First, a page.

Connie's all sewn up

DAN TOTH -- Calgary Sun

, Last Updated: 2:34 PM ET


 Craig Conroy's puffy kisser is enough to make even the cold-blooded media squeamish.

 The right side of both lips is swollen to twice the size while his mouth has endured sufficient punishment to make a hooked cod cry 'uncle!'

 But the question had to be asked yesterday by one queasy reporter: Just how many stitches are in there?

 "I'm not even sure," Conroy shrugged after the Flames' Saddledome skate in which the centre, not surprisingly, declined to participate.

 "I've got 'em inside, I've got 'em all over the place. They just kept puttin' them in and I just kept watching the game (on TV) as they were puttin' them in. There's quite a few, mostly inside."

 Conroy missed most of the second period of Sunday night's 2-1 loss to Vancouver after Canucks goalie Johan Hedberg whacked him in the face clearing the puck from behind his net.

 The 10-year veteran gladly reports his teeth remain intact, although a few were temporarily relocated.

 "Mostly just stitches in my mouth, stitches up under my teeth bring my teeth back out," Conroy noted. "They were in pretty good and we'll see if I can keep 'em."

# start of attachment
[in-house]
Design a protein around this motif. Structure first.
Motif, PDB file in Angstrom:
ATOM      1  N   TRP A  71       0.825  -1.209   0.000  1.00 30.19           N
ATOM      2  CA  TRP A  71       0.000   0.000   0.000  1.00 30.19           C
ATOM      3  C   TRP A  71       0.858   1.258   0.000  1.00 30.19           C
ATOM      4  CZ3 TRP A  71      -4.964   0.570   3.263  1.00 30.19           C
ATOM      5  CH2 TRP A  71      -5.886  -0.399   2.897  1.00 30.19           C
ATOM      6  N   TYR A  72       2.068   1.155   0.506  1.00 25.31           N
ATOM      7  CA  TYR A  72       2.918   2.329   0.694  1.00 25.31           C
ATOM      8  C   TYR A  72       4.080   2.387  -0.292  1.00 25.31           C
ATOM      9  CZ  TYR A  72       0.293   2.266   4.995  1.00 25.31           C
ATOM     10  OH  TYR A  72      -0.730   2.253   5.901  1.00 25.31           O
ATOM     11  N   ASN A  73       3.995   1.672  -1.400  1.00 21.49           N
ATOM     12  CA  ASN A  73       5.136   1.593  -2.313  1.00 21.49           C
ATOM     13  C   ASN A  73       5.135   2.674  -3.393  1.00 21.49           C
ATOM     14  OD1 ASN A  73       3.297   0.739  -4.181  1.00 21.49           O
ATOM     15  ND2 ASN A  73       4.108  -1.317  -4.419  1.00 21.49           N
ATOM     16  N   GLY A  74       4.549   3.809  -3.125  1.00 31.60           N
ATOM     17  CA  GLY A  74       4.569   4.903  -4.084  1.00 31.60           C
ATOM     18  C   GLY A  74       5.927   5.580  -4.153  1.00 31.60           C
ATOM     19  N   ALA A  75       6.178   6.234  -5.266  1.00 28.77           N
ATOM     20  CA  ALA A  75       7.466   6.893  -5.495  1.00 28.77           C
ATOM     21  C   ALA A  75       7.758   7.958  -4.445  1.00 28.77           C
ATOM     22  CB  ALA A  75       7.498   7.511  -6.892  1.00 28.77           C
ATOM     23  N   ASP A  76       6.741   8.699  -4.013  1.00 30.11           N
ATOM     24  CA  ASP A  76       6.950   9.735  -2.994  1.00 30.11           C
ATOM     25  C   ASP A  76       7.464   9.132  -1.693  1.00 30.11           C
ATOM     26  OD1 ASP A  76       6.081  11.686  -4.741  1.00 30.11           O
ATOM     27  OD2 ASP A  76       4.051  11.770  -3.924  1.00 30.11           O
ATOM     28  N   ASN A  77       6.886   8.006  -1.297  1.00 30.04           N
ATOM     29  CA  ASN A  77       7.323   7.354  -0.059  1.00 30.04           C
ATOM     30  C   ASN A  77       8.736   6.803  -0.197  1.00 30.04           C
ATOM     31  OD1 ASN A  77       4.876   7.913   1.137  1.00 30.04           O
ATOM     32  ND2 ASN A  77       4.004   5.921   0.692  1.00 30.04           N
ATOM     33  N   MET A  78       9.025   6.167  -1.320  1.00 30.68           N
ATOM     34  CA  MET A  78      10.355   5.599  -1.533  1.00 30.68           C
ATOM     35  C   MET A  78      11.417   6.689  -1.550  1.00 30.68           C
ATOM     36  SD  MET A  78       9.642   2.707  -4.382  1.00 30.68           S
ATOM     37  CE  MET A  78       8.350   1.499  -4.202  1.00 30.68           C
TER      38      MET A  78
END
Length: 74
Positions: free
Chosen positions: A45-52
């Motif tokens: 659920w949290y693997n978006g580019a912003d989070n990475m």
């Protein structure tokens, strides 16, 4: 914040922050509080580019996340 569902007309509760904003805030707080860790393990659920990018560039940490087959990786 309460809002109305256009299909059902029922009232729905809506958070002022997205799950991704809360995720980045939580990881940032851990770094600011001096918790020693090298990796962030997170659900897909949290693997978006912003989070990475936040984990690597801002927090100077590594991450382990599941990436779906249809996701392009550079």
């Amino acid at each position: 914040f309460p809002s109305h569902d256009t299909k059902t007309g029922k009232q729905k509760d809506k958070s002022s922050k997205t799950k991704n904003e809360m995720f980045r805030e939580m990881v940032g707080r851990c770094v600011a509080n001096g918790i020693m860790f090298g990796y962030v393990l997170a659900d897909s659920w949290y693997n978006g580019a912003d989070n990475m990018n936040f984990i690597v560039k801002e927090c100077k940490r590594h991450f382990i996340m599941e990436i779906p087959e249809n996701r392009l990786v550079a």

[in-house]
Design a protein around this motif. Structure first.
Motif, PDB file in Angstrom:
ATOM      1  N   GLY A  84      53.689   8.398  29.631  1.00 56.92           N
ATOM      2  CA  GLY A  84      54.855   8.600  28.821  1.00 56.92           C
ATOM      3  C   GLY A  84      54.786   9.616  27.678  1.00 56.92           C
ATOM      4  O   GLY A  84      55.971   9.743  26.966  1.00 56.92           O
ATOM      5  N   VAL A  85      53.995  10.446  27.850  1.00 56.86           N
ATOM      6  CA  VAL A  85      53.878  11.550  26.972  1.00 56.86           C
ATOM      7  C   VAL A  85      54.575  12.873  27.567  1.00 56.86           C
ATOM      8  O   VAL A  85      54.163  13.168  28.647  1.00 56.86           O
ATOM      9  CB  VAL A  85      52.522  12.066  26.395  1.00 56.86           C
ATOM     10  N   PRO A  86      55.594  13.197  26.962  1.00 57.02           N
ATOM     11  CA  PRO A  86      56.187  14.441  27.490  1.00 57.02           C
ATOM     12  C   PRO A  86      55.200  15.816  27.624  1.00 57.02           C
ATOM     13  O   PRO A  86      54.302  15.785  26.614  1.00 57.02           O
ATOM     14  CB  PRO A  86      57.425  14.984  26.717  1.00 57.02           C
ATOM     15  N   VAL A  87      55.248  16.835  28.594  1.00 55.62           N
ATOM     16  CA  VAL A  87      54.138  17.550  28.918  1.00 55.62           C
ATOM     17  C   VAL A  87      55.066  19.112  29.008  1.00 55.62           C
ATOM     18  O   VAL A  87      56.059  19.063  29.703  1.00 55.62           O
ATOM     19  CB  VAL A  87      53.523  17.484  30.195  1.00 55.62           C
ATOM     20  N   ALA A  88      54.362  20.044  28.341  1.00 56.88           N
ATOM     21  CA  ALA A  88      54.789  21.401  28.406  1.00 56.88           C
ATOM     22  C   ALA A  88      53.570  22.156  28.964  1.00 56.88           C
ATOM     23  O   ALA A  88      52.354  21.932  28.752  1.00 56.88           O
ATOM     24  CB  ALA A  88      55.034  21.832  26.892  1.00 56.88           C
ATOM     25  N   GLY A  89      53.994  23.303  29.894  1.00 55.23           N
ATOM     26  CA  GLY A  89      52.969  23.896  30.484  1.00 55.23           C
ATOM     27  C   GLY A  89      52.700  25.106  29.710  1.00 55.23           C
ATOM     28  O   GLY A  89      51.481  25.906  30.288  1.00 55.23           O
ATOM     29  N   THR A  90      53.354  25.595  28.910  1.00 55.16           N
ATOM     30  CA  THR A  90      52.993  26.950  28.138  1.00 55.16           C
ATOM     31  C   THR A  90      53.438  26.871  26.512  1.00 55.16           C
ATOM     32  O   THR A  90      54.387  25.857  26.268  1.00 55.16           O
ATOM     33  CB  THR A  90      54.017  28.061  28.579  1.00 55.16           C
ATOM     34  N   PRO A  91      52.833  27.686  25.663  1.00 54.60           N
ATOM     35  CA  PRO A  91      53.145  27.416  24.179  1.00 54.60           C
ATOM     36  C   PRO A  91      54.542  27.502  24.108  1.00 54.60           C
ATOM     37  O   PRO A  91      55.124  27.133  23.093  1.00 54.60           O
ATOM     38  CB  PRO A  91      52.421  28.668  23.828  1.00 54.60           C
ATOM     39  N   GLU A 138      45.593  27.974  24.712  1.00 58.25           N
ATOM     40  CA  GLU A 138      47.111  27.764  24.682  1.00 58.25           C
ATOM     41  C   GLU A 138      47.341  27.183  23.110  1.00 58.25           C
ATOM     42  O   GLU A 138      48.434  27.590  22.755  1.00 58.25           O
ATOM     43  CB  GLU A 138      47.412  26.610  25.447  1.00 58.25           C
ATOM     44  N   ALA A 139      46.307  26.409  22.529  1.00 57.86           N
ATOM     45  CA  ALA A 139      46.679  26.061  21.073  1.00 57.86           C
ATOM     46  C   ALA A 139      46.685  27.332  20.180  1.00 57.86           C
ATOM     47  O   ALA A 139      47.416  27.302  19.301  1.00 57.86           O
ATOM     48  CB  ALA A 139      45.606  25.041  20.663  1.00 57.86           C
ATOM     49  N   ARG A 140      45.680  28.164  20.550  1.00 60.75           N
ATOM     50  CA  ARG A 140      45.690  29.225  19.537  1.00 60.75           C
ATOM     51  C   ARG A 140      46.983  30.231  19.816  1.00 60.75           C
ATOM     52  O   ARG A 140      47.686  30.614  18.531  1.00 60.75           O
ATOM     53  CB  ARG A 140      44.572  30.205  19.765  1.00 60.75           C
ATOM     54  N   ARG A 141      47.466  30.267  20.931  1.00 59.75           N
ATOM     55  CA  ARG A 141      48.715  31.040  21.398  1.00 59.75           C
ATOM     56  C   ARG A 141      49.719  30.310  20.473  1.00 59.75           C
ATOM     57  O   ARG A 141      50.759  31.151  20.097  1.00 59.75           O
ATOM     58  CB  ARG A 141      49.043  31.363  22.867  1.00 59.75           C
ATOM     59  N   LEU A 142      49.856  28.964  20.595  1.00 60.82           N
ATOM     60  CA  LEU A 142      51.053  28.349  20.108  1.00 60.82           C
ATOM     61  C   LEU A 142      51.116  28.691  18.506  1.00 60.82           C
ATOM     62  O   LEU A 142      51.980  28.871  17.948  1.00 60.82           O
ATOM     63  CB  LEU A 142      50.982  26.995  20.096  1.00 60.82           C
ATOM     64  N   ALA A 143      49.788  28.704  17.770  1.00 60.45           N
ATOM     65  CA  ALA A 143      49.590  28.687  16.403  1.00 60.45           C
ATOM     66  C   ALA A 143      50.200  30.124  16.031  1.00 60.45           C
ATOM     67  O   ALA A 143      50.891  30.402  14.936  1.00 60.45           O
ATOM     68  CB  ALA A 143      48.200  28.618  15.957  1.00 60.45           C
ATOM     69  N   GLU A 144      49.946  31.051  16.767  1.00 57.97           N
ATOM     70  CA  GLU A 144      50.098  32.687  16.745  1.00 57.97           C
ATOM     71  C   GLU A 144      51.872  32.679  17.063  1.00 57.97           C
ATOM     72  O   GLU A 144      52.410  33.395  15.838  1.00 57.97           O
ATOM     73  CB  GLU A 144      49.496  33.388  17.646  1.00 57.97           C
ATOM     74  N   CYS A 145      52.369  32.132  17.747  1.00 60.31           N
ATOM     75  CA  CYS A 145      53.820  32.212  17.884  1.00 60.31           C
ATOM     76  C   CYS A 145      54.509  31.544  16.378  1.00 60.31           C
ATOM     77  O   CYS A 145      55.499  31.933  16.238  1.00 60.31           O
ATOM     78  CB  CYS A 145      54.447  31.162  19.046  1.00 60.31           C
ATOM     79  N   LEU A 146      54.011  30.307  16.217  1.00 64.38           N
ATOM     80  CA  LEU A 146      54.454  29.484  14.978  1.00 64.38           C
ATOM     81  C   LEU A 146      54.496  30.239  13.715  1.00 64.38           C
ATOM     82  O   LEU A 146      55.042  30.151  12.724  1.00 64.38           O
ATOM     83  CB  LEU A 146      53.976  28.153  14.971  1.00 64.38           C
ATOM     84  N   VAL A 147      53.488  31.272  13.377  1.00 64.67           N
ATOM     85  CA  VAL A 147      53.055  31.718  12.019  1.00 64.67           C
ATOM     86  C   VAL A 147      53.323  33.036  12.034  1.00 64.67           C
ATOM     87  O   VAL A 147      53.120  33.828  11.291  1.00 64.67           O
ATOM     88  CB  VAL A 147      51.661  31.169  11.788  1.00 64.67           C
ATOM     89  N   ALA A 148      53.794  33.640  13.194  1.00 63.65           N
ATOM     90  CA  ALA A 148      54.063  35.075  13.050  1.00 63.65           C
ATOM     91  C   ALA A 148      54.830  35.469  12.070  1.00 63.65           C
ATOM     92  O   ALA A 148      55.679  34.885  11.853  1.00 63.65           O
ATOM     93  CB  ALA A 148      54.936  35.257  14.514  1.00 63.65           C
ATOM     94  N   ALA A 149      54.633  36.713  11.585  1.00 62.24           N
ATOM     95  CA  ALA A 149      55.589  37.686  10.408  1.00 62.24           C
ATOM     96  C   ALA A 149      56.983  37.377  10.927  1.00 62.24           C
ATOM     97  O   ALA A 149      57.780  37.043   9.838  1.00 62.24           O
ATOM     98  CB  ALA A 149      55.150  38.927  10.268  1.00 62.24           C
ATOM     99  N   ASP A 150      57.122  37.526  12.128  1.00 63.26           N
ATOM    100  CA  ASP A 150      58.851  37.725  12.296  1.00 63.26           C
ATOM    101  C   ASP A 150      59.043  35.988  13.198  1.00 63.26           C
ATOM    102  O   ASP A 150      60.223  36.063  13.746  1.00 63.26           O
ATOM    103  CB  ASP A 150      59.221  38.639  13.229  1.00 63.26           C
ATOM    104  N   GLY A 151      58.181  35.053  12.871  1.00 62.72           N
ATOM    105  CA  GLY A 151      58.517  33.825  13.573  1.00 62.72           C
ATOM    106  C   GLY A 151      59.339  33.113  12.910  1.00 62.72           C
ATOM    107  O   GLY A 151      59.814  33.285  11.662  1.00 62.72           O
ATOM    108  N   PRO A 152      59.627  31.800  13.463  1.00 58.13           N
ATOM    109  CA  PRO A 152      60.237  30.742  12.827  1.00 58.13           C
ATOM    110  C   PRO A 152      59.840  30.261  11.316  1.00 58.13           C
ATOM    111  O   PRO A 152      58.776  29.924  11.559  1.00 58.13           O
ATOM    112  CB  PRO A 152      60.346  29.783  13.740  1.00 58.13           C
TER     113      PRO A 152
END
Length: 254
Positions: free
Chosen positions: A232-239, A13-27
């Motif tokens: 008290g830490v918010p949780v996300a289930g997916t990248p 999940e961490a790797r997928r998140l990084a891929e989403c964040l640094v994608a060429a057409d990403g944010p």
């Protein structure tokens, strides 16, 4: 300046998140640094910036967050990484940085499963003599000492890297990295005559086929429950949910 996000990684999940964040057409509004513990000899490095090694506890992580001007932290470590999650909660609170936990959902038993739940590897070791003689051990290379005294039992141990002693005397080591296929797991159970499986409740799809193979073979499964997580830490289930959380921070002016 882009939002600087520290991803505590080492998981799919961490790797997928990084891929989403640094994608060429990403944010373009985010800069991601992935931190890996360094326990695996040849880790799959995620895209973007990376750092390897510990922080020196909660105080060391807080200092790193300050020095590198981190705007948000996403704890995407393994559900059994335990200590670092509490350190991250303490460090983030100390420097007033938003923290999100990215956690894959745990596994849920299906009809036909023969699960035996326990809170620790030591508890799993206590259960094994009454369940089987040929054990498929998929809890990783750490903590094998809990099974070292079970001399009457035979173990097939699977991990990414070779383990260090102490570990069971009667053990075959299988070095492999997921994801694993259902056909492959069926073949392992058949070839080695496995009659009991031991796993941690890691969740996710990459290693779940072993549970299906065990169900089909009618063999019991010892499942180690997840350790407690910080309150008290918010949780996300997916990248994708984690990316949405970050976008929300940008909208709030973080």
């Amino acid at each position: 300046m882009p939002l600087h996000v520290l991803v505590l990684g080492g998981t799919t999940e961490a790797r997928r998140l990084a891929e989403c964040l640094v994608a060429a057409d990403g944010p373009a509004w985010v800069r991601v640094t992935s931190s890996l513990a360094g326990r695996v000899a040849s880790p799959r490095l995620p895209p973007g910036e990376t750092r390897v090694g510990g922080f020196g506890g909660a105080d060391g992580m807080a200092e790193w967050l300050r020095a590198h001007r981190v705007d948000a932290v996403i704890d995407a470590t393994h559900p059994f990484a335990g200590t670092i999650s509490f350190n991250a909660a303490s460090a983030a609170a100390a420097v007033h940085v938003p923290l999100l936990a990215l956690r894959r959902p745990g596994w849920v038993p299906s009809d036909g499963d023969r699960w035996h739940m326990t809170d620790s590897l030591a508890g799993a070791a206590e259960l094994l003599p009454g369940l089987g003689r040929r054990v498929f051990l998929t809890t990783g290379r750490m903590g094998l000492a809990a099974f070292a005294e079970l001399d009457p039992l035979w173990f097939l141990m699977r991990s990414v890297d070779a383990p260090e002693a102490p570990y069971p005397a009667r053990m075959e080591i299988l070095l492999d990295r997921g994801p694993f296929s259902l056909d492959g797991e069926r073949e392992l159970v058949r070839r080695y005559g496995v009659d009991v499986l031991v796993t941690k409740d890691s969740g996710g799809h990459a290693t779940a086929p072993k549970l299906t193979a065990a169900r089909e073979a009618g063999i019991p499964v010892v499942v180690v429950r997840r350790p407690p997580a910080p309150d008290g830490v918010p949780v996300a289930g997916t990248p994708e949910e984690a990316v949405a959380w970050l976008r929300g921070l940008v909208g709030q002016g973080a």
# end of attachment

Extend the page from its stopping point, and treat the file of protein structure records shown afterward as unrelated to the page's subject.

He expects to resume his position in Game 4 tonight on the top line between wingers Chris Simon and Jarome Iginla. The full faceshield he'll don is similar to what he wore playing four seasons with the NCAA's Clarkson Knights, making the adjustment easier.

 "I did wear it in college and it was just the first couple of shifts (Sunday night) that were very tough," Conroy recalled of his third-period return.

 "I felt like I couldn't find (the puck) in my feet but after that it's almost like you can't notice. (Today) in practice I'll wear it and then go from there."

 "The first couple of shifts were very tough then it was like it was gone. I guess it's like (the fans) looking through that net out there. It seems like you see it when you first sit down and then you're looking right through it but the first two shifts were very difficult. The puck was in my feet and I was looking down."

 Conroy said his facial jolt typifies playoff hockey that forces players to rise above the pain to win a series.

 "A face isn't a big deal ... we have to battle through," Conroy insisted, adding the injury shouldn't hamper his play.

 "Mine's going to heal and hopefully it'll heal by (tonight). Once I get going, I'll be fine. Adrenalin -- as good as that crowd was (Sunday) I'll have no problem."

 Conroy also suffered having to watch Canuck Matt Cooke net the game-winner just as he returned to the game.

 "I was disappointed that they scored on the first shift I was back but now I get a chance to redeem myself," Conroy said.


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